There will be six engines available, all turbocharged and with direct fuel injection, though only two gasoline engines and a diesel are being sold from the start – another two diesels and one more gasoline engine will be sold later. North American buyers will never accept the diesel engines after Volkswagen’s Dieselgate emissions-fixing scandal, so that would leave us today with either the 1.0-litre, 114 hp engine (which is too wimpy to be successful in Canada) or the 2.0-litre, 188 hp engine that we drove here. If we were to get the car, which we won’t.

The larger engine, which is good for 236 lb-ft of torque and is fitted with a 7-speed DSG transmission and AWD, could sell well in Canada. It’s only fitted to the Sport model and sells for 30,800 euros in Germany, which would suggest close to $33,000 in Canada. That’s less than the 170 hp Golf Alltrack, which sells for $35,745 when it’s equipped with the 6-speed DSG transmission. Guess which car almost everyone would choose…

The mid-sized gasoline engine that’s not yet on the market could also sell well for even less money. It makes 147 hp, 184 lb-ft, and is available in either FWD or AWD. Perhaps its lack of availability was just another nail in the T-Roc’s North American coffin.

European drive style

Despite its smaller size, the T-Roc is actually built on a version of the same MQB platform that underpins the new Tiguan and the Atlas. It’s designed for the kind of dynamic drive that Europeans love, though we often prefer a cushier ride in North America, with softer suspension for our potholes and a more relaxed steering feel for our wide-laned interstates.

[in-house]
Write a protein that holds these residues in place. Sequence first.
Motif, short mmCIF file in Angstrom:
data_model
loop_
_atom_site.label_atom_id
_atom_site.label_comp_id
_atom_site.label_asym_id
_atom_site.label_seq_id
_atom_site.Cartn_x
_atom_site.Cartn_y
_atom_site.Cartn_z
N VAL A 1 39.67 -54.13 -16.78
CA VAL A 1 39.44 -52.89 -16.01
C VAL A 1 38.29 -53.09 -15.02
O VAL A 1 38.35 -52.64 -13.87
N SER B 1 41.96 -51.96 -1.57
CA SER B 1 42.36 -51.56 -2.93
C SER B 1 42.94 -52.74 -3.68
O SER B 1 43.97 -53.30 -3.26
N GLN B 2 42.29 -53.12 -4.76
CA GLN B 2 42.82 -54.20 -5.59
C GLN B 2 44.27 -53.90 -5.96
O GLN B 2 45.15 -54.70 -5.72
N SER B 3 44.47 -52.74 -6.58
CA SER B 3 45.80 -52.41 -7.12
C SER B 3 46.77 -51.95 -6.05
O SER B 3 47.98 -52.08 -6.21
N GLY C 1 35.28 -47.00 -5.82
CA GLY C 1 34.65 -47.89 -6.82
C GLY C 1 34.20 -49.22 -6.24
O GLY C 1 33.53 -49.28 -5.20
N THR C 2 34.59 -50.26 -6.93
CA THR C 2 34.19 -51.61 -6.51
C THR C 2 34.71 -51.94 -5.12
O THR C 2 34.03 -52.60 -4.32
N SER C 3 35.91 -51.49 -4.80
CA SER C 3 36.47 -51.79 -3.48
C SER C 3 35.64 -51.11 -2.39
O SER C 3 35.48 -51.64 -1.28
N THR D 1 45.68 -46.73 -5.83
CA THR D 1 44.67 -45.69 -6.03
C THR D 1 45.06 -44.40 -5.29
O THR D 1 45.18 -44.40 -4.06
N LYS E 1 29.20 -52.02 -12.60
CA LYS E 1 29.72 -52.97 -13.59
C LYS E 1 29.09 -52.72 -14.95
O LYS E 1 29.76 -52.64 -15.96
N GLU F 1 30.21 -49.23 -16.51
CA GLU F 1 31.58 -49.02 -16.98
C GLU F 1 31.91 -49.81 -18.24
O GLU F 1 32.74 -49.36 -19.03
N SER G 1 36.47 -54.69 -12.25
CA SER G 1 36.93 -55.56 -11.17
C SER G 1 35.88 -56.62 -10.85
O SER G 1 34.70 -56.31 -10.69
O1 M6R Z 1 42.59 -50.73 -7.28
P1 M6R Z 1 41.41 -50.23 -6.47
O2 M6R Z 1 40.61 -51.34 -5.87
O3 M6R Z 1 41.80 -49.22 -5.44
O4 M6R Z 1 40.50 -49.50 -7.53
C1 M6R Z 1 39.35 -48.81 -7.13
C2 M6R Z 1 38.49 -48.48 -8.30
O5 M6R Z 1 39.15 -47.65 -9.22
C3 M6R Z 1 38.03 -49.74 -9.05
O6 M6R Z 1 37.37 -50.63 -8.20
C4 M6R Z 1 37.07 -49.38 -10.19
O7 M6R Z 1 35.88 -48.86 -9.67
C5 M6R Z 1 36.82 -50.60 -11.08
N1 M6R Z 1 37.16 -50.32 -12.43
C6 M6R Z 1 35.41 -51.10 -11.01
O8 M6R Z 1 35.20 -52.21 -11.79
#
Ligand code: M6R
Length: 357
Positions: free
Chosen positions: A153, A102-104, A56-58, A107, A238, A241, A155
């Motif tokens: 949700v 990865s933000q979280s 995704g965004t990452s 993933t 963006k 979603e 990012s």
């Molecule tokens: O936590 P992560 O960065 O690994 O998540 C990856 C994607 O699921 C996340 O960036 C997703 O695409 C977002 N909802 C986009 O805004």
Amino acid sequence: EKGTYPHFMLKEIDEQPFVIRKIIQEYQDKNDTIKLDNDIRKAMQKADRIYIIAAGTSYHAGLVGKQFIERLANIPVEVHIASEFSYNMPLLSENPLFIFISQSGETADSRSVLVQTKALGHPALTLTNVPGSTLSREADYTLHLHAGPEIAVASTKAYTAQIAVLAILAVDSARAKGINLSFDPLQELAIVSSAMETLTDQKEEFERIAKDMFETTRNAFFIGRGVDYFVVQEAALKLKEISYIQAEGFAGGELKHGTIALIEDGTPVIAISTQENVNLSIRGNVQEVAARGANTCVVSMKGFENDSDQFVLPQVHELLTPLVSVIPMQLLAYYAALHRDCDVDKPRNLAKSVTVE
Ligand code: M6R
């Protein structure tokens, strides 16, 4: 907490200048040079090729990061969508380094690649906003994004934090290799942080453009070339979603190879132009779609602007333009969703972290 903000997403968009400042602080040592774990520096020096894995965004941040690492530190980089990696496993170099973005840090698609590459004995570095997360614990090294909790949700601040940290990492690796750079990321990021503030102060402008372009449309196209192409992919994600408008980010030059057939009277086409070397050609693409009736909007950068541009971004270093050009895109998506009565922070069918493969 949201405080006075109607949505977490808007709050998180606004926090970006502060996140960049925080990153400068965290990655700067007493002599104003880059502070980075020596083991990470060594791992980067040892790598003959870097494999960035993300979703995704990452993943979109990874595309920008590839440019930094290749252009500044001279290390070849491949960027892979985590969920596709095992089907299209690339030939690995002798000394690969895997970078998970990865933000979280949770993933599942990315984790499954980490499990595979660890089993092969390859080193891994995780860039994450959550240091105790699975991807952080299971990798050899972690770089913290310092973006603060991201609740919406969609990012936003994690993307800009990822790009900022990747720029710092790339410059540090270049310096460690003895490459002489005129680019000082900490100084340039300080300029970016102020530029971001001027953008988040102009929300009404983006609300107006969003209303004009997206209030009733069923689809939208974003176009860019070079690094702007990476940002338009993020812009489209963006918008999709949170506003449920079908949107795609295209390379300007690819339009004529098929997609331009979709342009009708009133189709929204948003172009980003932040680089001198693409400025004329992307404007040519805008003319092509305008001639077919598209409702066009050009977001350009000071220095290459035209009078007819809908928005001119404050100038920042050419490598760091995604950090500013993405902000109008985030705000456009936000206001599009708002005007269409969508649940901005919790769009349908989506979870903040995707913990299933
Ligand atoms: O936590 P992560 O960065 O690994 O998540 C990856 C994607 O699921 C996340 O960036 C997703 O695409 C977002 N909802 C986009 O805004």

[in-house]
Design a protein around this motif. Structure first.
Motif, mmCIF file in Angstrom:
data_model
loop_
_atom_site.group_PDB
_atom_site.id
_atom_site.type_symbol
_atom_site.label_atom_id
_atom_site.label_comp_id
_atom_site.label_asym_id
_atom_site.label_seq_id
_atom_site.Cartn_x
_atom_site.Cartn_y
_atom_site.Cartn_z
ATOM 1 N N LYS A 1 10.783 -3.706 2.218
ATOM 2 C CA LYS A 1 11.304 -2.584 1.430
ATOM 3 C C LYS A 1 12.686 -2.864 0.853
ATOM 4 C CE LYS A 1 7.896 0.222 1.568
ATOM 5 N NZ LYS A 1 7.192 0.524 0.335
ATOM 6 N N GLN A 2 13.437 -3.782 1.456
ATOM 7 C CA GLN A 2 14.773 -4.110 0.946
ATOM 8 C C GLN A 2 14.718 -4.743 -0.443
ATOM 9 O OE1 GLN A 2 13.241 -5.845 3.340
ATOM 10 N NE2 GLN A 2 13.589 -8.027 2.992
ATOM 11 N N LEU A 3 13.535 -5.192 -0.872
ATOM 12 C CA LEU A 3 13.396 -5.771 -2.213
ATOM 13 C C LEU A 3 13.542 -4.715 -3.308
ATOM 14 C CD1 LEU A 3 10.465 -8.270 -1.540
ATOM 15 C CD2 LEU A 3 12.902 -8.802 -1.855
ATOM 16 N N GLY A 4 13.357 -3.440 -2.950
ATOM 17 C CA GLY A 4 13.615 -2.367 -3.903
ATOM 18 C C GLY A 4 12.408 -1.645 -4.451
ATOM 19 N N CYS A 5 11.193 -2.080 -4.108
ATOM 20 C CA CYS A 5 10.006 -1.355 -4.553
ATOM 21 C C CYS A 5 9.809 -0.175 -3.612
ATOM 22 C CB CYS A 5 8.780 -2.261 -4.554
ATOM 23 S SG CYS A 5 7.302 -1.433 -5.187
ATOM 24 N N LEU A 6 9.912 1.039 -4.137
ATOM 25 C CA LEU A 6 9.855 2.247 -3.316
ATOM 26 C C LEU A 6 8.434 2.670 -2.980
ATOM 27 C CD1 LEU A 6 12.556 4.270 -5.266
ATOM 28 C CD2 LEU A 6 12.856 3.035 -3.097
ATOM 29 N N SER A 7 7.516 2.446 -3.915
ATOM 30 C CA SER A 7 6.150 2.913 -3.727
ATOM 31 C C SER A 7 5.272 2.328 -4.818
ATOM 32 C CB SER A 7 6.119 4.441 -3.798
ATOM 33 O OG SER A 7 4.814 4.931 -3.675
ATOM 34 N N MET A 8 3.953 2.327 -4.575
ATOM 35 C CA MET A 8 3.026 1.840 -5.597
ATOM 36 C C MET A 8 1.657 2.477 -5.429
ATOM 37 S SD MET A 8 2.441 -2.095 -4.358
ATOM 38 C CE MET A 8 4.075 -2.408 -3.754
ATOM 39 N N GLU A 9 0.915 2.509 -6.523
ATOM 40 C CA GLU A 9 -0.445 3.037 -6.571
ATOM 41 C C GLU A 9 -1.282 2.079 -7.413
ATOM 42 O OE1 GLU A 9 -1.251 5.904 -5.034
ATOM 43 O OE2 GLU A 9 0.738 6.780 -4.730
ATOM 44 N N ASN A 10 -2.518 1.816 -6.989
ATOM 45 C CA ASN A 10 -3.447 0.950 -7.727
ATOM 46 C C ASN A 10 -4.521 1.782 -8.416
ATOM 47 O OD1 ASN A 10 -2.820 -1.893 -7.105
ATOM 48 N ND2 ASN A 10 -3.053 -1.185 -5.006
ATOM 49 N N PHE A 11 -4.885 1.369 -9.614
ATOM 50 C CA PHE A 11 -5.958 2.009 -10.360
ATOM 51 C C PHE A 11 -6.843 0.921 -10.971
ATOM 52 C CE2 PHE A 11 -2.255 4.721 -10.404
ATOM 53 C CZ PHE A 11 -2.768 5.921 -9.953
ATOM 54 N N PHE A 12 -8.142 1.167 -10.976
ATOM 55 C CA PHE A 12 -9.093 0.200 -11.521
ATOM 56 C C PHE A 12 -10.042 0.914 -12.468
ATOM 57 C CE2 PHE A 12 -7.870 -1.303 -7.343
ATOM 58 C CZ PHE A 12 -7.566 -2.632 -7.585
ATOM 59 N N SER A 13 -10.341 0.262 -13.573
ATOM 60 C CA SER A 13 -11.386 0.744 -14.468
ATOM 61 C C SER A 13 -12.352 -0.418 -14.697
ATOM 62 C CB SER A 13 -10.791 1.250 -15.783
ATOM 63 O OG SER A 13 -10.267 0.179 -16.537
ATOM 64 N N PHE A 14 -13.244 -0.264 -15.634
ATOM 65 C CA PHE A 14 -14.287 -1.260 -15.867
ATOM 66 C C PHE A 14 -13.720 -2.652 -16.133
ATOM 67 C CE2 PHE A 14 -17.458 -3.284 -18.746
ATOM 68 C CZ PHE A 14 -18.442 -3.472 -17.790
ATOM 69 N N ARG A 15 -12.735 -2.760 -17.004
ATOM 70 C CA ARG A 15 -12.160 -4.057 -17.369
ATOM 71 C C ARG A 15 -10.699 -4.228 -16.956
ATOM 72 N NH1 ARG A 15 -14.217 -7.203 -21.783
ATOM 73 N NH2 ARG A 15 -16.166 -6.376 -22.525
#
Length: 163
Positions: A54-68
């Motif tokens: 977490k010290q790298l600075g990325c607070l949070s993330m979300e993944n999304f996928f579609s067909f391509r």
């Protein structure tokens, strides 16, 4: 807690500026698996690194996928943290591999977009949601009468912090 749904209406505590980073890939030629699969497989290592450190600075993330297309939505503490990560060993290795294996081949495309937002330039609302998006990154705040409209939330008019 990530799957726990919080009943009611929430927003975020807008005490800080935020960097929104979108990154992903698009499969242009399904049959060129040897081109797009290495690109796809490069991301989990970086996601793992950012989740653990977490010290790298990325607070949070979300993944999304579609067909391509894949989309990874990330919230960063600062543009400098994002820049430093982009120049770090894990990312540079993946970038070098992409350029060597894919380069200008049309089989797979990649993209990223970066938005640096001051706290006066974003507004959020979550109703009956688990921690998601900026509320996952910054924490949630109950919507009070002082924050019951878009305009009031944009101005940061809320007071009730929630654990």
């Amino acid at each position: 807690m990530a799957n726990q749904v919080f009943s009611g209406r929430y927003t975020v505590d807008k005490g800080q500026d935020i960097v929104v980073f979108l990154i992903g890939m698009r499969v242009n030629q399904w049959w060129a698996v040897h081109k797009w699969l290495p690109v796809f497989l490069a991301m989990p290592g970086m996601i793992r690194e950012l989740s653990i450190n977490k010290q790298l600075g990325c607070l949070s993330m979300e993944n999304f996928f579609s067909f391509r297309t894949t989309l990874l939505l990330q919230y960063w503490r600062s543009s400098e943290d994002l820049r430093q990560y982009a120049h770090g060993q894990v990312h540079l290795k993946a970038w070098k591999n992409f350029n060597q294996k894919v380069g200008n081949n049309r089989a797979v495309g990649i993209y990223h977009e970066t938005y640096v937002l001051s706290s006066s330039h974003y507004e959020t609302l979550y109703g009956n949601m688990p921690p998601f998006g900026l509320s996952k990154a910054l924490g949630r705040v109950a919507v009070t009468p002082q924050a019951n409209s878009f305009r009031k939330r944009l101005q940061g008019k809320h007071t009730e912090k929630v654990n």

Still, Canadian drivers choose Golfs for their European appeal and the T-Roc offers more of the same, with firm steering, precise cornering and responsive power out of the curves. The five selectable drive modes (Comfort, Normal, Sport, Eco and Individual) are standard with AWD but can be chosen as an option with FWD, and they adjust the transmission shift points, the steering feel and the adaptive chassis, as well as adaptive cruise control, and even the air-conditioning on the Eco setting.

AWD versions also include a snow setting and two off-road settings, just in case you find yourself off the beaten path, but this is no SUV. The T-Roc would get beaten up pretty quickly on anything more than a cottage road.

All things considered, there’s a remarkable amount of technology in the T-Roc for a reasonable price, but this is getting to be true for most new introductions. Technology is relatively inexpensive, after all – the cost comes in the research and development that’s usually debuted in pricier vehicles. After that, much of the expense is down to better sensors and more lines of computer code.

It’s too bad we won’t be getting the T-Roc in Canada. It’s a lovely little vehicle that handled itself admirably here in Portugal. We won’t be suffering, though, because we still have the capable Golf Alltrack, even if it is less powerful and perhaps more expensive. There’s also the new Tiguan to divert our attention.

But when we do get a new crossover in the smaller segment that the T-Roc’s now occupying, which Volkswagen says could well be in 2019, here’s hoping it has a different name. It deserves better, and something with a little less roc and a bit more roll would have to be an improvement.